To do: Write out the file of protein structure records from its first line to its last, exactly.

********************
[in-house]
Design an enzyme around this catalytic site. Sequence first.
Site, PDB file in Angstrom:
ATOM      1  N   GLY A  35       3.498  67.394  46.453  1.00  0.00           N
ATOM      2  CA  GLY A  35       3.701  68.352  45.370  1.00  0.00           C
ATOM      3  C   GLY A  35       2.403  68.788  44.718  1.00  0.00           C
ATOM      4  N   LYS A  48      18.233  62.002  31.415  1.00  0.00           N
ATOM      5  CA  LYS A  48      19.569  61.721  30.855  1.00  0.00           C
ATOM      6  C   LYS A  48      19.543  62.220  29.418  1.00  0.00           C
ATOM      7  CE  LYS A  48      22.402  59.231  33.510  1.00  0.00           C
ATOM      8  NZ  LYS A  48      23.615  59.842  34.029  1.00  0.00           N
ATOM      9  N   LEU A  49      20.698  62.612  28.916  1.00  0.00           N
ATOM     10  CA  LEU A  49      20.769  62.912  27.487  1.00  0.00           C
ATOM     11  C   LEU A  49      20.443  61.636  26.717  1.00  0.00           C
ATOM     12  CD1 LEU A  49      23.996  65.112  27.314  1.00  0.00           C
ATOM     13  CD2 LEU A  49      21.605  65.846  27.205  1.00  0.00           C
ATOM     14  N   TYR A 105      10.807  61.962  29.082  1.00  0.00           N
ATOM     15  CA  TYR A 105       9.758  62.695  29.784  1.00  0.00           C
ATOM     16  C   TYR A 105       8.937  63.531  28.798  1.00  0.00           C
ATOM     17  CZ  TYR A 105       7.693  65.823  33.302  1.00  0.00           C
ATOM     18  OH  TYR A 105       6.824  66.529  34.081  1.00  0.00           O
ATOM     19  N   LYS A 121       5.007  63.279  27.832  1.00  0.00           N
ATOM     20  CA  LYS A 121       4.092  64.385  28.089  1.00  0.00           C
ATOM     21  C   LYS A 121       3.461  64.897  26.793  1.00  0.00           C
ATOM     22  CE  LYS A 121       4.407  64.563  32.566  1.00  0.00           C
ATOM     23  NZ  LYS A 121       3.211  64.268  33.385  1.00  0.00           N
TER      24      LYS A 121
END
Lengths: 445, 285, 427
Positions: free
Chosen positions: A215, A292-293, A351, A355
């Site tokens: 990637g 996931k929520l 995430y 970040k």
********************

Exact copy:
[in-house]
Design an enzyme around this catalytic site. Sequence first.
Site, PDB file in Angstrom:
ATOM      1  N   GLY A  35       3.498  67.394  46.453  1.00  0.00           N
ATOM      2  CA  GLY A  35       3.701  68.352  45.370  1.00  0.00           C
ATOM      3  C   GLY A  35       2.403  68.788  44.718  1.00  0.00           C
ATOM      4  N   LYS A  48      18.233  62.002  31.415  1.00  0.00           N
ATOM      5  CA  LYS A  48      19.569  61.721  30.855  1.00  0.00           C
ATOM      6  C   LYS A  48      19.543  62.220  29.418  1.00  0.00           C
ATOM      7  CE  LYS A  48      22.402  59.231  33.510  1.00  0.00           C
ATOM      8  NZ  LYS A  48      23.615  59.842  34.029  1.00  0.00           N
ATOM      9  N   LEU A  49      20.698  62.612  28.916  1.00  0.00           N
ATOM     10  CA  LEU A  49      20.769  62.912  27.487  1.00  0.00           C
ATOM     11  C   LEU A  49      20.443  61.636  26.717  1.00  0.00           C
ATOM     12  CD1 LEU A  49      23.996  65.112  27.314  1.00  0.00           C
ATOM     13  CD2 LEU A  49      21.605  65.846  27.205  1.00  0.00           C
ATOM     14  N   TYR A 105      10.807  61.962  29.082  1.00  0.00           N
ATOM     15  CA  TYR A 105       9.758  62.695  29.784  1.00  0.00           C
ATOM     16  C   TYR A 105       8.937  63.531  28.798  1.00  0.00           C
ATOM     17  CZ  TYR A 105       7.693  65.823  33.302  1.00  0.00           C
ATOM     18  OH  TYR A 105       6.824  66.529  34.081  1.00  0.00           O
ATOM     19  N   LYS A 121       5.007  63.279  27.832  1.00  0.00           N
ATOM     20  CA  LYS A 121       4.092  64.385  28.089  1.00  0.00           C
ATOM     21  C   LYS A 121       3.461  64.897  26.793  1.00  0.00           C
ATOM     22  CE  LYS A 121       4.407  64.563  32.566  1.00  0.00           C
ATOM     23  NZ  LYS A 121       3.211  64.268  33.385  1.00  0.00           N
TER      24      LYS A 121
END
Lengths: 445, 285, 427
Positions: free
Chosen positions: A215, A292-293, A351, A355
């Site tokens: 990637g 996931k929520l 995430y 970040k």